As I finished the last section of Katie Martin’s Learner Centered Innovation, there were many concepts that resonated with me. But one word, in particular, stood out: vulnerable. It makes me shudder to say it! Who wants to be vulnerable? Yikes! But the reality of the situation, this is yet another thing that must be in place in order for us to grow.
“Vulnerability is the prerequisite for all innovation, creativity, and change.” Aaron Hogan, Shattering the Perfect Teacher Myth
If we want to be innovative, try something new, and make an impact, we must be willing to take the risk. AND we must be willing to share that risk. We cannot only share the successes and the shiny final products. What about the process? It’s messy! Own it! We teach our students that the process is more important than the product, it’s the same for us as teachers. This all goes back to the beauty of having a network, a tribe. These are the people who will support you throughout the mess. They will celebrate, commiserate, and offer suggestions every step of the way. But only once you’ve let them in.
In an effort to take my own advice, here’s a (small) project I’m working on right now. Instead of doing the typical composition project with my 4th-grade band and orchestra students (write 4-measures, start and end on do, etc.) I am incorporating the design thinking process. This is terrifying! We are somewhat following the LAUNCH Cycle, as described by John Spencer and AJ Juliani. The process starts with empathy. The students were asked to think about why composers write music, what various purposes music is written for, and then what purpose they might want to write music for. While many focused on things like music for entertainment or to make money, some had very creative ideas like music for ringtones, commercials, and even funerals! The students have been working on their compositions in class but were instructed to come back after spring break with the rough draft complete (the prototype, if you are familiar with LAUNCH) so we can begin the peer review process. When they Launch their compositions, students will have the opportunity to perform for the class and will be encouraged to find another audience, fitting with their purpose, to share the music with.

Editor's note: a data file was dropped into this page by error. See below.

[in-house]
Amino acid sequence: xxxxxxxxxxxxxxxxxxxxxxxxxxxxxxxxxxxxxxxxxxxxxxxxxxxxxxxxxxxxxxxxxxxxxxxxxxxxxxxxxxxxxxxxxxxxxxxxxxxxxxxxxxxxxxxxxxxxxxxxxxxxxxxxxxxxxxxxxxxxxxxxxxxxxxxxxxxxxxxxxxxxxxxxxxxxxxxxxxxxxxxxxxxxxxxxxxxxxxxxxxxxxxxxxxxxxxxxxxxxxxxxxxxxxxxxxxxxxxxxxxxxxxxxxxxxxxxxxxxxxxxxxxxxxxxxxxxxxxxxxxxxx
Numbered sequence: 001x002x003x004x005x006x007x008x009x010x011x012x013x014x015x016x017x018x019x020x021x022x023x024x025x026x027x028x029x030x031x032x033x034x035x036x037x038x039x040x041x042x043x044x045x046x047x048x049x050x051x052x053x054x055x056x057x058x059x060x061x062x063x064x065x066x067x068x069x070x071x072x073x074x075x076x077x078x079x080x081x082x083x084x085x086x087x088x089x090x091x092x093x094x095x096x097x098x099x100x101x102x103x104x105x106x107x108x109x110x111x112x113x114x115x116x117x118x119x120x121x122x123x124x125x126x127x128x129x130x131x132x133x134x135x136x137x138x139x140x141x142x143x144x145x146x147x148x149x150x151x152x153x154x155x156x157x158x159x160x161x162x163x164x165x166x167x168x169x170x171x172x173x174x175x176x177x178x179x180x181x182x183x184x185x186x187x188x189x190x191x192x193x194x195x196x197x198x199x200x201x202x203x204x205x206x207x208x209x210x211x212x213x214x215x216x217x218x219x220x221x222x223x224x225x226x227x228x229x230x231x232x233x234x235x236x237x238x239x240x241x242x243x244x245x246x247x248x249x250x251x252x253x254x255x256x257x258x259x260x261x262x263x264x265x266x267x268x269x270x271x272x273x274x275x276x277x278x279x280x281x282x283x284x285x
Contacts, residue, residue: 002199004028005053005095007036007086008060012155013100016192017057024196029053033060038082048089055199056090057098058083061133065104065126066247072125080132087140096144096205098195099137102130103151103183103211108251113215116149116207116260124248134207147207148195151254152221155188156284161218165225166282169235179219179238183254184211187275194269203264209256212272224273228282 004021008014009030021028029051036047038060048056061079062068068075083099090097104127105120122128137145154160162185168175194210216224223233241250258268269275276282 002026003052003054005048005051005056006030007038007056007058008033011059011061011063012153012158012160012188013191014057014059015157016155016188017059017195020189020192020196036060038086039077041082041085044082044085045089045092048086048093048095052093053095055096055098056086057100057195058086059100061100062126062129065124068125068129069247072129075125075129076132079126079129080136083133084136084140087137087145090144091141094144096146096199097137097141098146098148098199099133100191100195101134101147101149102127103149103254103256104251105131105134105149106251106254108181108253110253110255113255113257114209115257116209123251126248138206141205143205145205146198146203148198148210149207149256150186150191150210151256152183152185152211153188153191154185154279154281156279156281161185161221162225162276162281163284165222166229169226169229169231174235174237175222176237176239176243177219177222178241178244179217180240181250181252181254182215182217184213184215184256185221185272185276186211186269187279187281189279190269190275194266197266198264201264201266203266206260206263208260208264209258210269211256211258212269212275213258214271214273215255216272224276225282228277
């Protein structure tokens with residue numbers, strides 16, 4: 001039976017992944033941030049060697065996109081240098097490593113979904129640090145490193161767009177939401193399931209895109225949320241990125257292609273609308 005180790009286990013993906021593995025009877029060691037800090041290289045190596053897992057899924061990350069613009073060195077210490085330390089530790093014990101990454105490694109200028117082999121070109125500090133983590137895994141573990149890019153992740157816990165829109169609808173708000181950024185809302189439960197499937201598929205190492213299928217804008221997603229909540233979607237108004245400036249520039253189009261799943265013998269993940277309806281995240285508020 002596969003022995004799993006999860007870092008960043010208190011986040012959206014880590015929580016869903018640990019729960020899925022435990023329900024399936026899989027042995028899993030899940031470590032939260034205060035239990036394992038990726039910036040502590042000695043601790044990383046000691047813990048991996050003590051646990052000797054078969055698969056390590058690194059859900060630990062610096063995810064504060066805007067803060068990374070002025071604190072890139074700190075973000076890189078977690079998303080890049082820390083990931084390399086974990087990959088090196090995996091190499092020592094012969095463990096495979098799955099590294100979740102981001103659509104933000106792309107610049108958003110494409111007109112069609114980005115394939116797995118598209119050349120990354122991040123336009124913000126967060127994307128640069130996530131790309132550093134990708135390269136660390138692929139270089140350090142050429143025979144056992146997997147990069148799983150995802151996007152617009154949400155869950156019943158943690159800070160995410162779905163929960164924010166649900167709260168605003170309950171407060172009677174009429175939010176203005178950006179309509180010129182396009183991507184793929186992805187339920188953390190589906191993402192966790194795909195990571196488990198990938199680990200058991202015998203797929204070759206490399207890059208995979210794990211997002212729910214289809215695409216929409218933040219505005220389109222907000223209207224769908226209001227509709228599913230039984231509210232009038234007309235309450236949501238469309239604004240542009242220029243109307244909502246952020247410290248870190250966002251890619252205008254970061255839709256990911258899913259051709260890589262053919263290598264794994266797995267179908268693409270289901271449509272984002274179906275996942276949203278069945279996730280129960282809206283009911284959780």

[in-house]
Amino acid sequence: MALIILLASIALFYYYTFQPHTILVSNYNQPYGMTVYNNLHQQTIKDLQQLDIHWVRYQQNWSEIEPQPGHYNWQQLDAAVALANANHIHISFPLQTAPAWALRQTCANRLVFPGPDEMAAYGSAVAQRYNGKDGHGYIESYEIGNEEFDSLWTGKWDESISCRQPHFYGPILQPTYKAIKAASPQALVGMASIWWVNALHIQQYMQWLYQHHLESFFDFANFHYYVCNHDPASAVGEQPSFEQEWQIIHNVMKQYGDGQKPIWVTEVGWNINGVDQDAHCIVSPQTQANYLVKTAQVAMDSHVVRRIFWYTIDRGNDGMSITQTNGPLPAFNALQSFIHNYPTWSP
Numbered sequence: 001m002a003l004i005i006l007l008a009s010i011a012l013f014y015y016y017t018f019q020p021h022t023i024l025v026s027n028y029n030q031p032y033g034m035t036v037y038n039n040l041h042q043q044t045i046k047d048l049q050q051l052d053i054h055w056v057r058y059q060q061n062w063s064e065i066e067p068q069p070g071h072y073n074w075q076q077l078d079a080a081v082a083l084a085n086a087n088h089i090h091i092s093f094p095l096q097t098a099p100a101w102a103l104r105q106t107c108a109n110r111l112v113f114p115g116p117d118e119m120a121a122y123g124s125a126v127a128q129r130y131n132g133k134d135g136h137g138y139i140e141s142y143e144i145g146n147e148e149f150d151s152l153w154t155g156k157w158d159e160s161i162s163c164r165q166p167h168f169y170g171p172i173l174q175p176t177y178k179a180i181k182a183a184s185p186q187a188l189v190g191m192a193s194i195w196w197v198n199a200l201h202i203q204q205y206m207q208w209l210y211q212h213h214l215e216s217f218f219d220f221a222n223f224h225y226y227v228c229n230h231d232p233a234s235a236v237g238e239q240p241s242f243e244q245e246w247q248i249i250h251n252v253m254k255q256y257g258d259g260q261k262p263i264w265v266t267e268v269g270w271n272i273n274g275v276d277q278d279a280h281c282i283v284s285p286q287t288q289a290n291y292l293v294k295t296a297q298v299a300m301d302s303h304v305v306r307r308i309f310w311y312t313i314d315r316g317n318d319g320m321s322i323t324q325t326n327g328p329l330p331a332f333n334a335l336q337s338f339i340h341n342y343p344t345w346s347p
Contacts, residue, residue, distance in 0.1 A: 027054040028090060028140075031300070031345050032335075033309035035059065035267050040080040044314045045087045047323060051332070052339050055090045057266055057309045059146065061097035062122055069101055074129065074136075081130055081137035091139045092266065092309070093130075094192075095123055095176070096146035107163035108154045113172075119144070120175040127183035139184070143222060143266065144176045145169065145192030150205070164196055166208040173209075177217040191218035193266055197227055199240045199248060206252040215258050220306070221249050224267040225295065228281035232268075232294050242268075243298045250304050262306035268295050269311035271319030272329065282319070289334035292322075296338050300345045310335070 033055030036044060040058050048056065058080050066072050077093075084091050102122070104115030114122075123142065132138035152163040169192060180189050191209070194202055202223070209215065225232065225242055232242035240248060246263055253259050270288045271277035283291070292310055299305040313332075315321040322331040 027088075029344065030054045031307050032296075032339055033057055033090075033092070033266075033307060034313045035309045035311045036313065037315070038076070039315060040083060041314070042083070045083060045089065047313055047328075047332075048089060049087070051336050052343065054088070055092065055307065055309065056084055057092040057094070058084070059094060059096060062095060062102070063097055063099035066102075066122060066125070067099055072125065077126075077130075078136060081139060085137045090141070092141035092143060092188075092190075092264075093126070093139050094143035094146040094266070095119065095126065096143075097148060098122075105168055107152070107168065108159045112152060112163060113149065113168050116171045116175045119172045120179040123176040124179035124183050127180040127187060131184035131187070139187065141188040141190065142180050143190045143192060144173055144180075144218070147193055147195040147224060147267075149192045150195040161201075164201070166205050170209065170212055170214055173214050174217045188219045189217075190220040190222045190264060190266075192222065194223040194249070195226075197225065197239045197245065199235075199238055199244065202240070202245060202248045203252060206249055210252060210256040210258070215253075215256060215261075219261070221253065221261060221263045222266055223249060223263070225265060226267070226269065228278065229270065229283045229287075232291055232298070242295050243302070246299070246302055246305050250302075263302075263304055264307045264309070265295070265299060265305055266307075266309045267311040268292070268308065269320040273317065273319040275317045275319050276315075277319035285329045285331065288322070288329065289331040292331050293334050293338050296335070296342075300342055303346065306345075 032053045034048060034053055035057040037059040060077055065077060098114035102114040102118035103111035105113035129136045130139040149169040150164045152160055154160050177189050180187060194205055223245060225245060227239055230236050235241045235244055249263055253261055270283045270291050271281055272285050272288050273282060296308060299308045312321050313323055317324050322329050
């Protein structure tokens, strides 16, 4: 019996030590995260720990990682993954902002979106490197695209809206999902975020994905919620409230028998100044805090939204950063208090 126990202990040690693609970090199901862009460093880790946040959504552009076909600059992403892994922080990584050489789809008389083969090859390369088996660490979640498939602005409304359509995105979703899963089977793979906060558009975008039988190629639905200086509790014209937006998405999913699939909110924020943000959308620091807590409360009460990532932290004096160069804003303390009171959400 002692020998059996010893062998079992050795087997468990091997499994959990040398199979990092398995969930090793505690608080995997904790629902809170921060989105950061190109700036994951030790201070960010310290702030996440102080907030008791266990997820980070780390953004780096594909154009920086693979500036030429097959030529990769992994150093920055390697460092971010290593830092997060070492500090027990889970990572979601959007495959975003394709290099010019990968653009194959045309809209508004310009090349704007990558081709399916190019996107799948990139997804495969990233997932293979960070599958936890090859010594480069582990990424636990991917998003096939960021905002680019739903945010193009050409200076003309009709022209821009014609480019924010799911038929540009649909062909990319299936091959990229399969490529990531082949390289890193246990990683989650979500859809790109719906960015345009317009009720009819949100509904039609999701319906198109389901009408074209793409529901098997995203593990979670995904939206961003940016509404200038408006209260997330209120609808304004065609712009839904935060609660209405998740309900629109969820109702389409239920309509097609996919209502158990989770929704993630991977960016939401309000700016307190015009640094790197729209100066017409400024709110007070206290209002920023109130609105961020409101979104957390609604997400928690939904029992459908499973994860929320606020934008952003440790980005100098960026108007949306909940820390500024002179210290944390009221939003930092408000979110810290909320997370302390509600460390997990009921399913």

This has been a process not only for my 4th graders but also for me! I teach 12 small classes over the course of 4 days each week and was still making adjustments to the project on the 4th day. Iterations are part of the process. I’m taking a risk and trying something new. The next step is to invite others in and share the risk.
Katie Martin discusses the importance of teachers observing teachers, not for evaluative purposes, but for learning purposes. She encourages teachers to start by, “putting down the checklist and celebrating success.” It all comes back to being vulnerable, welcoming people into our classrooms so that we can learn and grow together. I am going to be vulnerable next week and invite someone into my room to experience this design thinking composition project. I look forward to hearing another perspective and receiving some feedback – not as an evaluation, but as a tool for growth. This is an important step in the journey, and I am excited to see the results!
“I truly believe that breaking down silos and sharing real challenges are the only ways that we will continue to improve.” Katie Martin, Learner Centered Innovation